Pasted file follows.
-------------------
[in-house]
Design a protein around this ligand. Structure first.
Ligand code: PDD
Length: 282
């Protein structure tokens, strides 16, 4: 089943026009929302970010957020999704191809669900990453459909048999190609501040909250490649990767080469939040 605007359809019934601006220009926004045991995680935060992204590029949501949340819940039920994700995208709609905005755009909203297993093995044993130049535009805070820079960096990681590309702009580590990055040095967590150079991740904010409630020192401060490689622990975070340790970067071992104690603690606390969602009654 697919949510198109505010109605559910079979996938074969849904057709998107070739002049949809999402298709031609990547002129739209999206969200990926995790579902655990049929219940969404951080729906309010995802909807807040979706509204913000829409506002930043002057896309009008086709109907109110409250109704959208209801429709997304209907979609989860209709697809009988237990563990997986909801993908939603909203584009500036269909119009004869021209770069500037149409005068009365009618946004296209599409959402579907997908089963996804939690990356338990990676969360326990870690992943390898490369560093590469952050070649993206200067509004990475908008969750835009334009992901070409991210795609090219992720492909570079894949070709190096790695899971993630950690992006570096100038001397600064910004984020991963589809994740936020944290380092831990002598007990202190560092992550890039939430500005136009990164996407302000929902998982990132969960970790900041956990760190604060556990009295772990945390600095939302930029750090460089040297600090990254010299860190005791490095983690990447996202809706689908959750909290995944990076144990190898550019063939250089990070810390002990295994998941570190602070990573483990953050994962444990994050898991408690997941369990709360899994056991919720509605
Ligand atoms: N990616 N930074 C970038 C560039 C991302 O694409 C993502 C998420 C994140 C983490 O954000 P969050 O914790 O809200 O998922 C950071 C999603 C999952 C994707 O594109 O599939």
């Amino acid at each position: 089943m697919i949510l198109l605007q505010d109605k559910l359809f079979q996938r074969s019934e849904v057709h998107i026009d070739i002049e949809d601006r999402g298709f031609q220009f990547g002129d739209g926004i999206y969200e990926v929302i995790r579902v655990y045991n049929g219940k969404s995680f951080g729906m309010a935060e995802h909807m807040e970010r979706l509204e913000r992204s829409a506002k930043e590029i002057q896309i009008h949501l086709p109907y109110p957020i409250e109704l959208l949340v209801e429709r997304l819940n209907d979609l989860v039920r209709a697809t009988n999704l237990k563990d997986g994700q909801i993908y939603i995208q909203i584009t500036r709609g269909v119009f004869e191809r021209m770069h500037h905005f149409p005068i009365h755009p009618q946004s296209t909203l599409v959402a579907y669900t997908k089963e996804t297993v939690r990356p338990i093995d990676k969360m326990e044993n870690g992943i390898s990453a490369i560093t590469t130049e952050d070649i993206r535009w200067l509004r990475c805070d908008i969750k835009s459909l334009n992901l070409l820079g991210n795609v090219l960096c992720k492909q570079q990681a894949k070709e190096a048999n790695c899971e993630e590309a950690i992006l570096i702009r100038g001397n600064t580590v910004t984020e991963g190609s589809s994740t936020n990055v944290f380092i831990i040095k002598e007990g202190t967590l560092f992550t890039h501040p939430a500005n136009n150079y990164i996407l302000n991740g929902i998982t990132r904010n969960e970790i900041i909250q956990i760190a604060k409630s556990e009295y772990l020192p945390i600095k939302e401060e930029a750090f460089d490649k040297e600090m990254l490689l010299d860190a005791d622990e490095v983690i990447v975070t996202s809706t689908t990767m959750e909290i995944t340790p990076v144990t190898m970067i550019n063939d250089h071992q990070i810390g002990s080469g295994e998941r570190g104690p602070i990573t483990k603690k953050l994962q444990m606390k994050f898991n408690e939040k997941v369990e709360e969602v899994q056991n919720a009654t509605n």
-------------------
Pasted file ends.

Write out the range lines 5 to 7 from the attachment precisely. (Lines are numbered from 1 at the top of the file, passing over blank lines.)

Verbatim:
């Protein structure tokens, strides 16, 4: 089943026009929302970010957020999704191809669900990453459909048999190609501040909250490649990767080469939040 605007359809019934601006220009926004045991995680935060992204590029949501949340819940039920994700995208709609905005755009909203297993093995044993130049535009805070820079960096990681590309702009580590990055040095967590150079991740904010409630020192401060490689622990975070340790970067071992104690603690606390969602009654 697919949510198109505010109605559910079979996938074969849904057709998107070739002049949809999402298709031609990547002129739209999206969200990926995790579902655990049929219940969404951080729906309010995802909807807040979706509204913000829409506002930043002057896309009008086709109907109110409250109704959208209801429709997304209907979609989860209709697809009988237990563990997986909801993908939603909203584009500036269909119009004869021209770069500037149409005068009365009618946004296209599409959402579907997908089963996804939690990356338990990676969360326990870690992943390898490369560093590469952050070649993206200067509004990475908008969750835009334009992901070409991210795609090219992720492909570079894949070709190096790695899971993630950690992006570096100038001397600064910004984020991963589809994740936020944290380092831990002598007990202190560092992550890039939430500005136009990164996407302000929902998982990132969960970790900041956990760190604060556990009295772990945390600095939302930029750090460089040297600090990254010299860190005791490095983690990447996202809706689908959750909290995944990076144990190898550019063939250089990070810390002990295994998941570190602070990573483990953050994962444990994050898991408690997941369990709360899994056991919720509605
Ligand atoms: N990616 N930074 C970038 C560039 C991302 O694409 C993502 C998420 C994140 C983490 O954000 P969050 O914790 O809200 O998922 C950071 C999603 C999952 C994707 O594109 O599939």
């Amino acid at each position: 089943m697919i949510l198109l605007q505010d109605k559910l359809f079979q996938r074969s019934e849904v057709h998107i026009d070739i002049e949809d601006r999402g298709f031609q220009f990547g002129d739209g926004i999206y969200e990926v929302i995790r579902v655990y045991n049929g219940k969404s995680f951080g729906m309010a935060e995802h909807m807040e970010r979706l509204e913000r992204s829409a506002k930043e590029i002057q896309i009008h949501l086709p109907y109110p957020i409250e109704l959208l949340v209801e429709r997304l819940n209907d979609l989860v039920r209709a697809t009988n999704l237990k563990d997986g994700q909801i993908y939603i995208q909203i584009t500036r709609g269909v119009f004869e191809r021209m770069h500037h905005f149409p005068i009365h755009p009618q946004s296209t909203l599409v959402a579907y669900t997908k089963e996804t297993v939690r990356p338990i093995d990676k969360m326990e044993n870690g992943i390898s990453a490369i560093t590469t130049e952050d070649i993206r535009w200067l509004r990475c805070d908008i969750k835009s459909l334009n992901l070409l820079g991210n795609v090219l960096c992720k492909q570079q990681a894949k070709e190096a048999n790695c899971e993630e590309a950690i992006l570096i702009r100038g001397n600064t580590v910004t984020e991963g190609s589809s994740t936020n990055v944290f380092i831990i040095k002598e007990g202190t967590l560092f992550t890039h501040p939430a500005n136009n150079y990164i996407l302000n991740g929902i998982t990132r904010n969960e970790i900041i909250q956990i760190a604060k409630s556990e009295y772990l020192p945390i600095k939302e401060e930029a750090f460089d490649k040297e600090m990254l490689l010299d860190a005791d622990e490095v983690i990447v975070t996202s809706t689908t990767m959750e909290i995944t340790p990076v144990t190898m970067i550019n063939d250089h071992q990070i810390g002990s080469g295994e998941r570190g104690p602070i990573t483990k603690k953050l994962q444990m606390k994050f898991n408690e939040k997941v369990e709360e969602v899994q056991n919720a009654t509605n």